The first Honda since the original S500/S600/S800 sportsters of the Sixties to offer an engine in front and the drive wheels in back, the S2000 was so named for its sports-car chassis and its two-liter engine. It was 180 degrees from anything else in Honda’s lineup, and a much-needed boost to the company’s image among enthusiasts who were disappointed with the aging, soon-to-be-axed Prelude and the watered-down Civic Si. Based on the SSM show car of 1995, which no one really expected to go into production, the S2000 was created to celebrate Honda’s racing spirit on the company’s 50th birthday.
With its stiff chassis, excellent balance, high-revving twin-cam four, precise six-speed gearbox, back-to-basics interior and fresh lines, it gained cult status overnight. “Imagine if Formula One engineers built a sports car. Well, they did, and it’s Honda’s new S2000,” Motor Trend wrote. Car and Driver in 2003 called the S2000 “the most intense open two-seater you can buy south of Ferrari prices…. Its flick-quick reflexes and hummingbird metabolism earn a special place in every enthusiast’s dream fleet.”
The engine was the technical highlight: The F20C, an all-alloy 16-valve, 1,997-cc DOHC VTEC inline-four, with 11:1 compression and 240 horsepower (at 8,300 RPM!), used all of Honda’s racing experience and design knowledge. (Changes made for its 2004 facelift increased driveability in the lower revs without altering the machine’s fundamental character.) The F20C was rated the highest horsepower-per-liter naturally aspirated mill for nearly a decade–almost 120 horsepower per liter…without a power adder. Those were V-6 numbers in the early part of the decade. Compare: a Subaru WRX of the period had 10 fewer horsepower from the same displacement, and was turbocharged.
The aluminum F20C block was infused with a fiber-reinforced metal sleeve, while piston skirts were molybdenum disulfide-coated for reduced friction. The intake plenum was designed with minimal volume for quick engine response; the 14-pound flywheel used until 2003 helped as well. Honda’s VTEC system, introduced in the ’80s and perfected over time, was used on both the intake and exhaust cams; VTEC utilizes two separate lobe profiles per cam, and switches between cam profiles depending on power requirements.
The F20C’s front-mid-engined placement in the S2000’s chassis (with the engine placed entirely behind the line of the front axle) gave it an ideal 50:50 weight distribution. That weight, despite significant use of aluminum, approached 2,800 pounds at the curb–it was no Miata. But then, with a $30,000 price tag to start, Honda wasn’t taking aim at the Mazda’s market, either.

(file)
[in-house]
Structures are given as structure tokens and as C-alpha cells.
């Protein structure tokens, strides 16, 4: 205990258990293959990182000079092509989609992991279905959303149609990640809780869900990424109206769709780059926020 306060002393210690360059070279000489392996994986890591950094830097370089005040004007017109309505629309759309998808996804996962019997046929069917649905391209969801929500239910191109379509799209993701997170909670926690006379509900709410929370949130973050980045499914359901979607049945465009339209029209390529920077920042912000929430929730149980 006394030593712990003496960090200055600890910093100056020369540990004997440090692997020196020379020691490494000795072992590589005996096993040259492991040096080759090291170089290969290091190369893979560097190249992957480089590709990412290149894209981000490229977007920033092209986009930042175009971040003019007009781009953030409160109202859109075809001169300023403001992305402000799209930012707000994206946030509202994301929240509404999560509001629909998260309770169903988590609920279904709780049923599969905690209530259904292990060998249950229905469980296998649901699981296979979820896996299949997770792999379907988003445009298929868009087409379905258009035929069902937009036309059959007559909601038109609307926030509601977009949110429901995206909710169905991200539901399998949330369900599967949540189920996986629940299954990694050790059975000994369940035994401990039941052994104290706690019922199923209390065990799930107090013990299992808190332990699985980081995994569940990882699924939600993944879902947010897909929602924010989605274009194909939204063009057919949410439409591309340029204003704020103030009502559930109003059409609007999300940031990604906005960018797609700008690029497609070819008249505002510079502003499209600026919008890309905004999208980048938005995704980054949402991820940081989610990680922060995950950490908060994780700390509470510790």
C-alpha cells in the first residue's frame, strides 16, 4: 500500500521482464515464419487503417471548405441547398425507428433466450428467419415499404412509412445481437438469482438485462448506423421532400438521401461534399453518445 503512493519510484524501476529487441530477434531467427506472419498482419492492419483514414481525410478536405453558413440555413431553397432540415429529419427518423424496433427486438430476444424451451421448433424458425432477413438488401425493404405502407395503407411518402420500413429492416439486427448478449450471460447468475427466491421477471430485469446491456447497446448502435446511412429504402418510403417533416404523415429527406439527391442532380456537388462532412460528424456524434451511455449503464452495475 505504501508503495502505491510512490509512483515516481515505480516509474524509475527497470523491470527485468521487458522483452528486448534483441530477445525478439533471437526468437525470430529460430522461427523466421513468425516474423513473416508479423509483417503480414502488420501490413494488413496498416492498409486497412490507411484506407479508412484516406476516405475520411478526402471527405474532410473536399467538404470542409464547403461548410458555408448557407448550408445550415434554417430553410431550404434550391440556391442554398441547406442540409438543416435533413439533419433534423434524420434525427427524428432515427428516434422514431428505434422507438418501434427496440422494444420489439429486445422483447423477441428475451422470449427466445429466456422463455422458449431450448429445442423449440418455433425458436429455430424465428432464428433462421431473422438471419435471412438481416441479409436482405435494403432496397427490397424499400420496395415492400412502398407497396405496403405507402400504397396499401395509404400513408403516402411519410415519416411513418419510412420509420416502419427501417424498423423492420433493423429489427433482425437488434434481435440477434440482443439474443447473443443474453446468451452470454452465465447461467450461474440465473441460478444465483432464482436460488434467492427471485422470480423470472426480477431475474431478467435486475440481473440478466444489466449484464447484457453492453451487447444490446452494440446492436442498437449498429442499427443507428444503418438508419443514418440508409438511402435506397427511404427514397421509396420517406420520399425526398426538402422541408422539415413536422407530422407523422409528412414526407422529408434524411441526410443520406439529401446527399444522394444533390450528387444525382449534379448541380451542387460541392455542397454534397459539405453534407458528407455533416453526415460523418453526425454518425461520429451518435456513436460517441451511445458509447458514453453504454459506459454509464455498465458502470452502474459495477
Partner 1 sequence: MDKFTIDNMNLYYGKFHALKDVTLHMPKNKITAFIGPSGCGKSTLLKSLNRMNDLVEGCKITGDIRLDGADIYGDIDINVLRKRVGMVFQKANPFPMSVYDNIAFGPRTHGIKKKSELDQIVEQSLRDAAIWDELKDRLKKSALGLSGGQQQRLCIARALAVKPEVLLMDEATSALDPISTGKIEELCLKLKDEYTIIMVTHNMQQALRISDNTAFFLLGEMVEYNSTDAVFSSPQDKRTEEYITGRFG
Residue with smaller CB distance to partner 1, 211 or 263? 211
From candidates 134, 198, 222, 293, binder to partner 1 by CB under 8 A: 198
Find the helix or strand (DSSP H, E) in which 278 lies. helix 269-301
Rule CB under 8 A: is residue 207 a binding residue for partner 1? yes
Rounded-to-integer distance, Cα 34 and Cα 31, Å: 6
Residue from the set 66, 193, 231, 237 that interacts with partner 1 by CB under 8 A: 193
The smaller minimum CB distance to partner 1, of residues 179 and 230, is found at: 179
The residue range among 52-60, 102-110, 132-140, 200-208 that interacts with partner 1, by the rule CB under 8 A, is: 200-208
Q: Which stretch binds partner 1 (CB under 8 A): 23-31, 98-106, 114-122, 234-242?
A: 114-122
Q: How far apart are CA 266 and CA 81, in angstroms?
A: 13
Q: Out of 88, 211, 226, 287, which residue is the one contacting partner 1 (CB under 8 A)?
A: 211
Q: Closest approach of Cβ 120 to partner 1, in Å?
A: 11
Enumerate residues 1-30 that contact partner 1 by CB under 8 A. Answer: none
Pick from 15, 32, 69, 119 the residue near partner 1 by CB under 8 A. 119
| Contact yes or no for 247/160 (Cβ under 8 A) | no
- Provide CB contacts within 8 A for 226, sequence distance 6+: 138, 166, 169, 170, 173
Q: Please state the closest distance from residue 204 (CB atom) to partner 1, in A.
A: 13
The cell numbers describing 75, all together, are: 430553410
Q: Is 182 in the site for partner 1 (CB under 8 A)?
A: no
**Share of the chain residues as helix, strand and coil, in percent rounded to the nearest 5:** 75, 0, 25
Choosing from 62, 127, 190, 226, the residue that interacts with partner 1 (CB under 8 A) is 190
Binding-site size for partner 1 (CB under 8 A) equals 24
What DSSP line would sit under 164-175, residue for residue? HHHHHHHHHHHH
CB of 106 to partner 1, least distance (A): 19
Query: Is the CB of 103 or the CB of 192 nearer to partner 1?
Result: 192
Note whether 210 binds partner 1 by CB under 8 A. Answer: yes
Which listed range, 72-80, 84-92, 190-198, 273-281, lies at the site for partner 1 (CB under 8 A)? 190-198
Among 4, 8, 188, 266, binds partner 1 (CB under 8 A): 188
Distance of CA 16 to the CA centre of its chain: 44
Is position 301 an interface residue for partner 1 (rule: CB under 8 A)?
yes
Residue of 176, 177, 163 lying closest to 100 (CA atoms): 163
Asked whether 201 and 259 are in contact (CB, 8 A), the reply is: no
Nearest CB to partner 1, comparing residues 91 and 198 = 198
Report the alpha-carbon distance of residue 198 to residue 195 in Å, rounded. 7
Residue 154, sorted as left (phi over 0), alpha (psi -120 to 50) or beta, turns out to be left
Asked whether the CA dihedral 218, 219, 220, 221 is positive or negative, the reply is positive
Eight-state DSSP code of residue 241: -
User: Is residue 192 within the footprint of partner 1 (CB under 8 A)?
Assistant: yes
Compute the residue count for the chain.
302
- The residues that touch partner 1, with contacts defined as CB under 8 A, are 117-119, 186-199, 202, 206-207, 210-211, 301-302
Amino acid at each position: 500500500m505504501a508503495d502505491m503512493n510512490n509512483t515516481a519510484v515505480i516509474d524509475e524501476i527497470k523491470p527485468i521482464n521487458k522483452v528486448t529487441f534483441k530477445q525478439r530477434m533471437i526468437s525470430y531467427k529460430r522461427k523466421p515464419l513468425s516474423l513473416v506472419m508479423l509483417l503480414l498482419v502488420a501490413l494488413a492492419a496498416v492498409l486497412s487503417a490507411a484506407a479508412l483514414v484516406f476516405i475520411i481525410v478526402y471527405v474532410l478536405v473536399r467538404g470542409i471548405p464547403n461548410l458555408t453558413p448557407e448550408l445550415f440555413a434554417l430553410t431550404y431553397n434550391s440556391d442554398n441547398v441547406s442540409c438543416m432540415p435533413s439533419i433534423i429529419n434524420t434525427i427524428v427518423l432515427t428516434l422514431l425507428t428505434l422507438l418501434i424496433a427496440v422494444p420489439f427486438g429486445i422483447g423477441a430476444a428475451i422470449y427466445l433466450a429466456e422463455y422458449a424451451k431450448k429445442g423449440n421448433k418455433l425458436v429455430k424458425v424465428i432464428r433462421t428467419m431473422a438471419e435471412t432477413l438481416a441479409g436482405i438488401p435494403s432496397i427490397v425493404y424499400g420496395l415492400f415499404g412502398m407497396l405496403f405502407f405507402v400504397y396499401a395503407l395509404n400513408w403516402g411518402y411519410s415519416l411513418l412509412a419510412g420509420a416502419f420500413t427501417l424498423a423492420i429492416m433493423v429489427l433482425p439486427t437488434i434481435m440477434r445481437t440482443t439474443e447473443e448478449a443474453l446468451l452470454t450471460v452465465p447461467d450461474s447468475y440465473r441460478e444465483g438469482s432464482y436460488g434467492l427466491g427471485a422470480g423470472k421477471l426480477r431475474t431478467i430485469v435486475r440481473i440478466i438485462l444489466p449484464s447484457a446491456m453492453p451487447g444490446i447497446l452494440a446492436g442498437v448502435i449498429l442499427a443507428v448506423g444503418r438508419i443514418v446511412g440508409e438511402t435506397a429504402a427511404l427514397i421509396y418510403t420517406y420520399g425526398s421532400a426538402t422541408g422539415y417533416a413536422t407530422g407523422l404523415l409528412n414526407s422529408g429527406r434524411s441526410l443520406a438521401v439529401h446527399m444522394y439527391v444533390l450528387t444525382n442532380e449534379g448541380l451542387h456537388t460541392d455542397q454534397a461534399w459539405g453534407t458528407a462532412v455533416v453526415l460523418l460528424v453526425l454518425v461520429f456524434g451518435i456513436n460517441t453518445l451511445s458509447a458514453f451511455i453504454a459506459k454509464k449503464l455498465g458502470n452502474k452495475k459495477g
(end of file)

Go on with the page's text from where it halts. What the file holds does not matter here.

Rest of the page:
A stiff “high-X-bone” frame (the side sills tie into diagonal braces that connect directly to the front and rear suspension subframes) sports a fully independent “in-wheel” double-wishbone suspension with iron arms. Standard power locks and windows, electrically assisted steering (to decrease drag on the engine), staggered-width 16-inch wheels and tires (17-inch on later cars), four-wheel disc brakes with ABS, and integrated roll hoops were all part of the S2000 package.
There are two distinct generations of S2000: the early AP1 models through 2003, and the AP2 models from 2004-’09. The AP1 generation was built at Honda’s Takanezawa plant, alongside the Honda NSX and Honda Insight hybrid. It featured Honda’s now-legendary F20C; a six-speed manual was the only gearbox available. For 2001, Honda added a digital clock and a better radio, as well as a wind deflector; for 2002, the top’s plastic rear window was changed to glass, taillamps were revised, and suspension settings were altered (read: softened). The 2003 models were largely carryovers.
Car and Driver pitched a 2003 Mosel S2000 against the Porsche Boxster, BMW Z4, Nissan 350Z convertible and turbo Audi TT soft-top with quattro, and it came first–despite not being the newest design in the fleet. “Everything about it is taut and athletic and purposeful. You don’t get in; you put it on as you would your best-fitting jeans. There’s plenty of room to move–well, any moves you’d make in the course of driving–but no room for wrinkles. You know how, when jeans fit, everything comes at the right places? The S2000 is like that.”
- VTEC 4 Cylinder Engine
- 6-Speed Transmission
- ABS Brakes
- Integrated Roll Bars
- Anti Theft System
- Keyless Entry and Remote Trunk Opener
- Leather Interior
- Leather Wrapped Wheel
- Leather Wrapped Shift Knob
- Convertible Top Cover
- Remote Audio Controls
- Push Button Start
- Aero Wind Screen
- Power Soft Top
- ID Headlights
- Body Colored Mirrors
- Dual Exhaust